As Pete Carroll had a brief one-on-one coaching session with rookie cornerback Tre Flowers, the Seahawks coach paused briefly to appreciate what made that little moment special. For Carroll it was a conversation similar to one he has had so many times throughout his long coaching career, one that could have taken place when he was a young defensive backs coach in Buffalo or Minnesota in the 1980s, or as recently as last year with a rookie like Shaquill Griffin. But for Flowers, this was all new—the first time on an NFL practice field; the first time learning how the Seahawks expect their cornerbacks to play in Carroll's defense.
"That meeting right there, you could have put me in that meeting 30 years ago," Carroll said. "Talking the same stuff and principles and concepts, trying to reach a young kid and help him understand what this is all about and what he's getting into and all of that. It was awesome. I felt like I was right back in the middle of all of it."
That brief little exchange between a veteran NFL coach and a wide-eyed rookie is part of what made Day 1 of Seahawks rookie minicamp a special experience not just for the newest Seahawks who hope to make the team, but also for coaches who are working with a new group of players for the first time.
"There's this rejuvenation to every season that we have that's a remarkable part of our business that sometimes we don't talk about enough," Carroll said. "The newness, the challenges, the unknown, the expectations and the uncertainty of all of it makes this very exciting. I don't feel any different about this than any season I can ever remember, but I feel more excited to have a chance to see this opportunity come to life. I'm very grateful and appreciative of it. I was right in the middle of it today, and I had to stop for a minute—'wow, here we go'—I'm trying to make this kid understand and it's something he's never heard before or seen before. It's pretty darn exciting. That's just the start of it, then we'll see it unfold in time. It's really fun. That's just one of those stories."
Seahawks veterans returned to work in April for voluntary workouts, and the team is now into Phase 2 of those workouts, meaning players can do some work with coaches, but Friday's minicamp practice was the closest thing to real football for Seattle's coaches since the 2017 season came to an end.
"This is really fun," Carroll said. "We love coaching, and there's only so much you can do on the chalk board and in the film room and all that. So it's great to get on the field. Phase 2 gets us started on the field, but that's still a long ways from coaching football with the restrictions that we have, so this is the closest thing we'll get to it until we get to Phase 3 and onto the minicamp later on. It's just fun to be back out, it's fun to see the newness, the opportunities that the guys have. Whether they've been here for years or not, there's opportunity that's knocking in all directions right now, and you can sense on our club that they get that and they're coming very ready, and it just permeates everything that we're doing. There's an excitement about it and an energy about it that we like."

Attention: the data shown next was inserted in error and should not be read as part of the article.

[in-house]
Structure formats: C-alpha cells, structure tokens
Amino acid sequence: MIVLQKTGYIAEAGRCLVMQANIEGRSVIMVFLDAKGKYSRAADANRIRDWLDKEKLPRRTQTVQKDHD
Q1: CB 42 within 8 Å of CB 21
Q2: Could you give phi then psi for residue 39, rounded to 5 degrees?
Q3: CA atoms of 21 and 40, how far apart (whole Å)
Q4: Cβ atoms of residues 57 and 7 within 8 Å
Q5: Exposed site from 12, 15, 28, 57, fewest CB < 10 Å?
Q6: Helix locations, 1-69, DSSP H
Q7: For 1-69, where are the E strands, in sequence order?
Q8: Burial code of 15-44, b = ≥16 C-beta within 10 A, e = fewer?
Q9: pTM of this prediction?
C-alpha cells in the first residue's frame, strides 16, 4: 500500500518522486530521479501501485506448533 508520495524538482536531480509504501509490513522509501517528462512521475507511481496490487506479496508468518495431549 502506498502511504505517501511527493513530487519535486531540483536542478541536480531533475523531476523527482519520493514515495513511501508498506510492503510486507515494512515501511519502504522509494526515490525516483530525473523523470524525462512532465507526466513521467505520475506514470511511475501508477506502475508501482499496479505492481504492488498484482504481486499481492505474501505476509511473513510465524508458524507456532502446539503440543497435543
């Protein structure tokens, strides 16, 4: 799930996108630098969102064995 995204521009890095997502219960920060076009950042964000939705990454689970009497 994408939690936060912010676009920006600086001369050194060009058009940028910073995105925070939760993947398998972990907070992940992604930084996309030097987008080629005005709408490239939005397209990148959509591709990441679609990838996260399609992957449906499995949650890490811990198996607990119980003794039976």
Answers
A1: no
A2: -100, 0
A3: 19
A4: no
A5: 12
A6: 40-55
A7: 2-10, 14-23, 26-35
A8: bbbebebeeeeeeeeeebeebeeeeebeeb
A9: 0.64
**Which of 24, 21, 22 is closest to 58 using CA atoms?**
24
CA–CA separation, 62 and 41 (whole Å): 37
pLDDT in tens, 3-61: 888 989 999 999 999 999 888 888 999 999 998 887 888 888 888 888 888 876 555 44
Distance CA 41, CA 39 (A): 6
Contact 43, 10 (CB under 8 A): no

A new class of rookies and tryout players taking the field would bring a level of excitement in any season, but Carroll admits there is a little extra something adding to that excitement this year because there is so much newness on the team, both in terms of the roster and also on the coaching staff with changes at offensive coordinator, defensive coordinator and offensive line coach.
"Yeah, there's a newness there," Carroll said. "I catch myself scrambling around with some reminders on things that just come up in the structure of practice—how we handle when a guy fumbles or we jump offside—little things like that. You try to cover everything, but then still things pop up, so there is still newness. But it brings a freshness and an excitement and energy about it that we're fortunate to be in the middle of."
Carroll joked that because of that newness on the coaching staff, "we messed up on the first drill of the day today—we were a little bit out of whack—which was my fault for not getting them orchestrated properly. I guess you've got to get 35 years of experience before you can really get it all right. It gave us something to kind of hound (offensive line coach) Mike (Solari) about."
But overall, Carroll said, "everything went really well. These guys are really experienced, savvy coaches, and you could see it already take hand. (offensive coordinator) Brian (Schottenheimer) is very active on the field, and because he's involved in the quarterbacks, he's very much in tune with everything that's going on and right in the center of the action, which is good. It's exciting to see that.
"(Defensive coordinator Ken Norton Jr.) was barking at them Day 1, from the meetings on throughout. It's really fun to have him back, I love his spirit. He brings so much for the players and he has so much to offer these young guys. It's a natural connection we're lucky to have."
Photos from the first day of the Seattle Seahawks 2018 Rookie Minicamp on Friday, May 4 at Renton's Virginia Mason Athletic Center.